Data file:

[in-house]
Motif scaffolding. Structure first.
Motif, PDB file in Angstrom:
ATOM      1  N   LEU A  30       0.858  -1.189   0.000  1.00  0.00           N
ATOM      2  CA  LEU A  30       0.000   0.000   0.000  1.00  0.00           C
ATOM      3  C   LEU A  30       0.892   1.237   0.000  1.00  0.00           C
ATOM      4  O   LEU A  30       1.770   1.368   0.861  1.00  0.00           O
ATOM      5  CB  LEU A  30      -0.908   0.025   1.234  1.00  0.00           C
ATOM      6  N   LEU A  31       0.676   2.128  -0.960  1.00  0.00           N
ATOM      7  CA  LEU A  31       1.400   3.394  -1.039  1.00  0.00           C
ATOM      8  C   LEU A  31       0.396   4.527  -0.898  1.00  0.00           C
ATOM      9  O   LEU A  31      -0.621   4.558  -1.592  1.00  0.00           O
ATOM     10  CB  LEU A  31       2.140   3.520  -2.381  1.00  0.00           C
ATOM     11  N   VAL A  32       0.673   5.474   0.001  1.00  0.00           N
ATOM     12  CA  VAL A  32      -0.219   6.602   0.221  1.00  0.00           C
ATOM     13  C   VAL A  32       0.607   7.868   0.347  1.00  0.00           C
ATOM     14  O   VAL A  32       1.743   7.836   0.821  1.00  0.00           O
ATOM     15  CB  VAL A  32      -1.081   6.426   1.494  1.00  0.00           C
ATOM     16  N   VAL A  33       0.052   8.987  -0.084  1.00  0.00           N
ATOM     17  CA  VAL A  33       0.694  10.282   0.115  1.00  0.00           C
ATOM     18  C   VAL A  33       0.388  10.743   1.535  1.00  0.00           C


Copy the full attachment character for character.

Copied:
[in-house]
Motif scaffolding. Structure first.
Motif, PDB file in Angstrom:
ATOM      1  N   LEU A  30       0.858  -1.189   0.000  1.00  0.00           N
ATOM      2  CA  LEU A  30       0.000   0.000   0.000  1.00  0.00           C
ATOM      3  C   LEU A  30       0.892   1.237   0.000  1.00  0.00           C
ATOM      4  O   LEU A  30       1.770   1.368   0.861  1.00  0.00           O
ATOM      5  CB  LEU A  30      -0.908   0.025   1.234  1.00  0.00           C
ATOM      6  N   LEU A  31       0.676   2.128  -0.960  1.00  0.00           N
ATOM      7  CA  LEU A  31       1.400   3.394  -1.039  1.00  0.00           C
ATOM      8  C   LEU A  31       0.396   4.527  -0.898  1.00  0.00           C
ATOM      9  O   LEU A  31      -0.621   4.558  -1.592  1.00  0.00           O
ATOM     10  CB  LEU A  31       2.140   3.520  -2.381  1.00  0.00           C
ATOM     11  N   VAL A  32       0.673   5.474   0.001  1.00  0.00           N
ATOM     12  CA  VAL A  32      -0.219   6.602   0.221  1.00  0.00           C
ATOM     13  C   VAL A  32       0.607   7.868   0.347  1.00  0.00           C
ATOM     14  O   VAL A  32       1.743   7.836   0.821  1.00  0.00           O
ATOM     15  CB  VAL A  32      -1.081   6.426   1.494  1.00  0.00           C
ATOM     16  N   VAL A  33       0.052   8.987  -0.084  1.00  0.00           N
ATOM     17  CA  VAL A  33       0.694  10.282   0.115  1.00  0.00           C
ATOM     18  C   VAL A  33       0.388  10.743   1.535  1.00  0.00           C